CROSS-REFERENCE TO RELATED APPLICATIONS
This application is based upon and claims the benefit of priority from U.S. Provisional Patent Application No. 61/037,977 filed on Mar. 19, 2008, entitled “Method and Apparatus for Tracking and Analyzing Loans Involved in Asset-Backed Securities,” the entire contents of which are hereby incorporated herein by reference in their entirety. All publications and patent applications mentioned in this specification are herein incorporated by reference in their entirety to the same extent as if each individual publication or patent application was specifically and individually indicated to be incorporated by reference.
1. Field of the Invention
This disclosure relates in general to computer data processing, and in particular to computer based tracking and analysis of loans and/or assets involved in asset-backed securities.
2. Description of the Related Art
Asset-Backed Securities (ABS) are securitized interests that are based on pools of financial assets. These assets may include mortgages and other receivables such as credit card receivables, auto loans, manufactured-housing contracts, student loans, and home-equity loans. As used herein, the term ABS also encompasses Mortgage-Backed Securities (MBS), Collateralized Debt Obligations (CDO), Collateralized Loan Obligations (CLO), and other similar collateralized or uncollateralized loan-based securities. One goal of securitization of these assets is to make them available for investment to a broader set of investors. However, investors often have little or no access to information relating to the underlying assets and, thus, must rely on credit rating agencies to determine the credit-worthiness of each individual ABS. Such rating systems are not always reliable, and when they fail to predict failures, investors can lose confidence, leading to a loss of flow of capital into the entire ABS market.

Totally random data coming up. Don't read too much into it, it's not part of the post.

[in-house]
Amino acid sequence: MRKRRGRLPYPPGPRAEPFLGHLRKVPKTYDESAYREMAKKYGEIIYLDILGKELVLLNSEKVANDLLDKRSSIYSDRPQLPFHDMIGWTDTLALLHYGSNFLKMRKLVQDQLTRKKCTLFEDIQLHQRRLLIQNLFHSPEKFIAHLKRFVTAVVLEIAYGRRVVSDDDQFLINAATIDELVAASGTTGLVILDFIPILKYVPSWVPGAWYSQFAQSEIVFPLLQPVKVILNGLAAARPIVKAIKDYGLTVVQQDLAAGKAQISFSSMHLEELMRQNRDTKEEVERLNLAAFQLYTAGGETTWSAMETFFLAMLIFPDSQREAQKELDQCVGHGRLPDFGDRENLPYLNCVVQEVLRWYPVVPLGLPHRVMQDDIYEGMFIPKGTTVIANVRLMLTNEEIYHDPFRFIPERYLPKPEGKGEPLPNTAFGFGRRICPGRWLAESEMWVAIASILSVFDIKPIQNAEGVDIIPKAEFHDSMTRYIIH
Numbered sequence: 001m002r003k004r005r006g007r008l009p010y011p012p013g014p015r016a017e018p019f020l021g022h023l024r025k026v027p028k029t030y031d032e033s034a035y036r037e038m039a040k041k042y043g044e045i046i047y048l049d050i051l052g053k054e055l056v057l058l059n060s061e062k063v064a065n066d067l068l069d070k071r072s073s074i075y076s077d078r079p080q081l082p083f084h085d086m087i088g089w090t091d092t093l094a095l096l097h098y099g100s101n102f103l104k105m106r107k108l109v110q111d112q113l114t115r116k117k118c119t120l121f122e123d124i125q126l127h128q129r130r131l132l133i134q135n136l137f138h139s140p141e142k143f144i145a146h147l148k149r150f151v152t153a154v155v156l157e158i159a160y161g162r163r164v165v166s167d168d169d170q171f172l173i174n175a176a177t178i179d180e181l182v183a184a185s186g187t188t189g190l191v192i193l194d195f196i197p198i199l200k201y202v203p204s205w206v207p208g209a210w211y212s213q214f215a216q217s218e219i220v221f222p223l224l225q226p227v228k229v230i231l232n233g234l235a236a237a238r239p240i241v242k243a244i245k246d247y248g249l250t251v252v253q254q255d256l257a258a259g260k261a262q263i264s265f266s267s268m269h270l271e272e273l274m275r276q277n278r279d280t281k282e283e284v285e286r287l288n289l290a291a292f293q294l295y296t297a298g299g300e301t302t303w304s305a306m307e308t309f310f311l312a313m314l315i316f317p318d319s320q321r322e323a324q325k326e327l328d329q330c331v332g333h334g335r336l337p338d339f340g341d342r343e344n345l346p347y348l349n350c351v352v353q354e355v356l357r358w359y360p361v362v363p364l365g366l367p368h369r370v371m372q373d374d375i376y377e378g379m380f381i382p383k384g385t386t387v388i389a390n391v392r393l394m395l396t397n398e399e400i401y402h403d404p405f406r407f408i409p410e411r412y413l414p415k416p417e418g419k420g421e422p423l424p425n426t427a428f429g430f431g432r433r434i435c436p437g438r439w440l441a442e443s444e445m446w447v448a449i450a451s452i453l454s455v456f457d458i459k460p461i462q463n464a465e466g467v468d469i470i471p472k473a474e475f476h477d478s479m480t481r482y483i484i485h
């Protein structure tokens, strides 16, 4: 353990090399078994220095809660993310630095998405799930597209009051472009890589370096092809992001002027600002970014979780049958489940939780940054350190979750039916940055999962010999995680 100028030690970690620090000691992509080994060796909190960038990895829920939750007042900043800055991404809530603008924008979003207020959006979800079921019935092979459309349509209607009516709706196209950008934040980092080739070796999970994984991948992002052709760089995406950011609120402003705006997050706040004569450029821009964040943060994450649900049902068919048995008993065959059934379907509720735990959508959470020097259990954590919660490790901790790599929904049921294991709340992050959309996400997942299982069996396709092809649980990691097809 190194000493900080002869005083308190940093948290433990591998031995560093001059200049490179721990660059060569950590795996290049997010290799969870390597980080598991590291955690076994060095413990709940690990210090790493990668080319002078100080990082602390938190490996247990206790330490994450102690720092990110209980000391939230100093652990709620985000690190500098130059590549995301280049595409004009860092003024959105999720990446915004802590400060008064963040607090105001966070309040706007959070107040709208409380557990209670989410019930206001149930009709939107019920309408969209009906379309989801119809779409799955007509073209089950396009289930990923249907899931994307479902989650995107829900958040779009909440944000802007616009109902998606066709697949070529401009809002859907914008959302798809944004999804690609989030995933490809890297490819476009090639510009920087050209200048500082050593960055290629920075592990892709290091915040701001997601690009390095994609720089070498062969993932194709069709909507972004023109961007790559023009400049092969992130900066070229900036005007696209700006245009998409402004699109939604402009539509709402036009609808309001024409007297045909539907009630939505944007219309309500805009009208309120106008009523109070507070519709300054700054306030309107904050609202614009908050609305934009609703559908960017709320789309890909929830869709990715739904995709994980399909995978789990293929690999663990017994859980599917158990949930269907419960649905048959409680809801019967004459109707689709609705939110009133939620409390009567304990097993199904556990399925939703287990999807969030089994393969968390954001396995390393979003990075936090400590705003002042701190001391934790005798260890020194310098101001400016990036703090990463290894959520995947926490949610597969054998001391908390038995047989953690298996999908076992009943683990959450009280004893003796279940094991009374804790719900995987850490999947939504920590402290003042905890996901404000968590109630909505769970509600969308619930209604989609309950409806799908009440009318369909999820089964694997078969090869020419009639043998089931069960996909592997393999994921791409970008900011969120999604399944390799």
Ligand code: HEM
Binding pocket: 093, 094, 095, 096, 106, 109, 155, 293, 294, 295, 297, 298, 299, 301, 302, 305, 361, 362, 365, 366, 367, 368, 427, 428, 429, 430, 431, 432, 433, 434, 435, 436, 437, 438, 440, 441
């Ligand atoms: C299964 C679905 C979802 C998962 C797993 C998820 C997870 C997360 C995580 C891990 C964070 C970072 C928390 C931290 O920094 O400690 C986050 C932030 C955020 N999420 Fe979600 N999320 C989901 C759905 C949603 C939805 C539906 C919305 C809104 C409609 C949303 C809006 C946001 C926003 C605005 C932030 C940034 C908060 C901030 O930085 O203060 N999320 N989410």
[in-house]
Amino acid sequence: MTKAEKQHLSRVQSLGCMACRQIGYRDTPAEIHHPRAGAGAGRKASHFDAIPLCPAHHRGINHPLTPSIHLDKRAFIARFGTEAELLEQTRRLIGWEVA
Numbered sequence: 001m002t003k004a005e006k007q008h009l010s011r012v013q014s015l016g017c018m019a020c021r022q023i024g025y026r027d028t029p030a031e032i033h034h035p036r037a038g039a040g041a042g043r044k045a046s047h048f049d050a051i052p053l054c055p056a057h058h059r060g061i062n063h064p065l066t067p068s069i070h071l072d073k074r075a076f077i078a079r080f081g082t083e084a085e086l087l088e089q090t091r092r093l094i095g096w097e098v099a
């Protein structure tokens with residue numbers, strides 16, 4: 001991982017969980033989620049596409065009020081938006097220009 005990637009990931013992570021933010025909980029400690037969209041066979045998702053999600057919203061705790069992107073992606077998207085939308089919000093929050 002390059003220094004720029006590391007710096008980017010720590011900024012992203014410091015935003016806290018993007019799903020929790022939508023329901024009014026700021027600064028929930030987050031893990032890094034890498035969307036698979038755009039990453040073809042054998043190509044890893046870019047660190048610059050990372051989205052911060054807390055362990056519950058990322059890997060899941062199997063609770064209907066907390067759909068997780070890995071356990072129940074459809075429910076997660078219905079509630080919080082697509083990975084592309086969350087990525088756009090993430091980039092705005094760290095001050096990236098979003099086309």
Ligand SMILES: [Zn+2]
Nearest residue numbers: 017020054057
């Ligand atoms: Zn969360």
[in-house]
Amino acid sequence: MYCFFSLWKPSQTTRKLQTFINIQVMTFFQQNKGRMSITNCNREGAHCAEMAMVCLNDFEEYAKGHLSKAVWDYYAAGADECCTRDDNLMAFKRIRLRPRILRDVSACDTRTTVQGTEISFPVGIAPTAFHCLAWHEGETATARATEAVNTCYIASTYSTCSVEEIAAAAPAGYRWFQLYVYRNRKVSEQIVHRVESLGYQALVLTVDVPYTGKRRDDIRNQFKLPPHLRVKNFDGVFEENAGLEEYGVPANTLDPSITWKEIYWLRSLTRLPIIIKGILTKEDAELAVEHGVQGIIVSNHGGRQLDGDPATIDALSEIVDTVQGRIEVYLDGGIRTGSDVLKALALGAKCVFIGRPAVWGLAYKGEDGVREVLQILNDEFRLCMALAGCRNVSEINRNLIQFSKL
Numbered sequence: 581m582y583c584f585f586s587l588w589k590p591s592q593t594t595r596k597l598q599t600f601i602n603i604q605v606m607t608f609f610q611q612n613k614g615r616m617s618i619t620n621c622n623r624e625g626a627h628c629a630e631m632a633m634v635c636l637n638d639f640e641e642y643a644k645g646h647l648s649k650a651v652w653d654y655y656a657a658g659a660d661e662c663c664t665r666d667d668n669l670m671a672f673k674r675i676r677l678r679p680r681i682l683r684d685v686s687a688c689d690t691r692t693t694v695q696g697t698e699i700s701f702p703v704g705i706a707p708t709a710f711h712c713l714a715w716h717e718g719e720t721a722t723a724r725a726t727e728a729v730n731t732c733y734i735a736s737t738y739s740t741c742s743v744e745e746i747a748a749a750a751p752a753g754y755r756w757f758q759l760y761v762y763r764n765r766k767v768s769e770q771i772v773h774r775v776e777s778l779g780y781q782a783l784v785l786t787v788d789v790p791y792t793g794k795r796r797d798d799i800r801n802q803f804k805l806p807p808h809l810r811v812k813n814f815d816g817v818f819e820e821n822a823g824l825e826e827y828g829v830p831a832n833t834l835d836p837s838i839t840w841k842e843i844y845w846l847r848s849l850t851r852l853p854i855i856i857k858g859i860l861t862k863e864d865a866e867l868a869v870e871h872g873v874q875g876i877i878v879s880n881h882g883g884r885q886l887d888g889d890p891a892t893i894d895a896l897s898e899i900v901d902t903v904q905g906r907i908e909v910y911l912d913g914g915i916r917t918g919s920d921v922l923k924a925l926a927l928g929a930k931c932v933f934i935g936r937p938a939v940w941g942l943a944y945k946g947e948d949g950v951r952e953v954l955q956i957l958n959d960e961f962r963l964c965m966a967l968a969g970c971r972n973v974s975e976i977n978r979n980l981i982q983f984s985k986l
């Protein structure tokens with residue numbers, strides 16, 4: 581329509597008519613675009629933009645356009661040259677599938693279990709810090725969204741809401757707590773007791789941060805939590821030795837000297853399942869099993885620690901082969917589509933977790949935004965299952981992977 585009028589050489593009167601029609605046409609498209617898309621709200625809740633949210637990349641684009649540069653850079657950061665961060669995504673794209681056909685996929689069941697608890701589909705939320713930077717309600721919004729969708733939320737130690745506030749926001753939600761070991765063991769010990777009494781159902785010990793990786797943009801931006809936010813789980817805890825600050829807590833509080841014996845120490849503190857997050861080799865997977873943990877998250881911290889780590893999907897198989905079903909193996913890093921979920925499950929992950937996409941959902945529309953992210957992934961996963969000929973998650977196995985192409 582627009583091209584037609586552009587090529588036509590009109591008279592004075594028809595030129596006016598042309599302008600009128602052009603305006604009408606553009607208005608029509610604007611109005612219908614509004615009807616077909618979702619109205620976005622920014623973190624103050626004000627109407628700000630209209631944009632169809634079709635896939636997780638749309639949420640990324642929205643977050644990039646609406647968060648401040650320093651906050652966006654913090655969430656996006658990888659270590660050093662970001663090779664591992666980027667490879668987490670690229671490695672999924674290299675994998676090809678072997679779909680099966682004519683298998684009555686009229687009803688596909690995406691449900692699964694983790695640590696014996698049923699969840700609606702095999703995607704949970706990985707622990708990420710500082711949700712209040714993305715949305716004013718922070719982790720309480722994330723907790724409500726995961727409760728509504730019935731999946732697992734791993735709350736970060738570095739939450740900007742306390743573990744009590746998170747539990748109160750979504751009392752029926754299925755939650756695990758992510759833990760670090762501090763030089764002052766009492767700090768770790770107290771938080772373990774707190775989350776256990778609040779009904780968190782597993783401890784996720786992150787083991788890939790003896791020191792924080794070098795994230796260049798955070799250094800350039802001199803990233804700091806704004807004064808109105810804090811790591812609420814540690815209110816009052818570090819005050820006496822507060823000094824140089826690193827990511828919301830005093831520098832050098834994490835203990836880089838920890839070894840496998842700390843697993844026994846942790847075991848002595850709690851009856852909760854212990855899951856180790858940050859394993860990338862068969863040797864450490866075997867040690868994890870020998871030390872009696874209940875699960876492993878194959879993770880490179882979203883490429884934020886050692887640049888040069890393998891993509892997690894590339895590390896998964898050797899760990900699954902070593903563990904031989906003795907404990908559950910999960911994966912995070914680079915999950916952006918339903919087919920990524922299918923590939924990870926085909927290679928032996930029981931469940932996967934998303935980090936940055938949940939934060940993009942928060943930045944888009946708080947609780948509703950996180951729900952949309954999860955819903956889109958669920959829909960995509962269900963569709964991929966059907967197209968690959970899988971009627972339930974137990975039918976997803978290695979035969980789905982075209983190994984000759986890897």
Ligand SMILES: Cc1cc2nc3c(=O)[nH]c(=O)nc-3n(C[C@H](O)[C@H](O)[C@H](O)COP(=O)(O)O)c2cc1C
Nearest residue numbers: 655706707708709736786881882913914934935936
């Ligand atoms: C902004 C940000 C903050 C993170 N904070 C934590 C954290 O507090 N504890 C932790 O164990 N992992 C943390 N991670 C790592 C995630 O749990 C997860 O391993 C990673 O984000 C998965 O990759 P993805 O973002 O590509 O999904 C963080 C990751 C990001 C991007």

SUMMARY OF THE DISCLOSURE
Embodiments of the disclosure are directed to providing unique loan identifiers to track loans involved in ABS throughout the life-cycle of the individual loans. In one embodiment, a unique loan identifier, for example, a loan number, may be appended to loan data at initiation of each loan, for example, at the application stage, to and/or beyond the retirement of the loan. The unique identifiers may allow disparate financial data sources such as the credit histories of the borrowers to be associated with the individual loans, even as the loans are repackaged and resold as ABS in the secondary markets. Thus, market participants such as loan servicers and investors can access current and historical data associated with the loans. Other embodiments are directed to analyzing the data associated with the underlying loans and providing the analysis to the market participants including servicers, investors, and underwriters.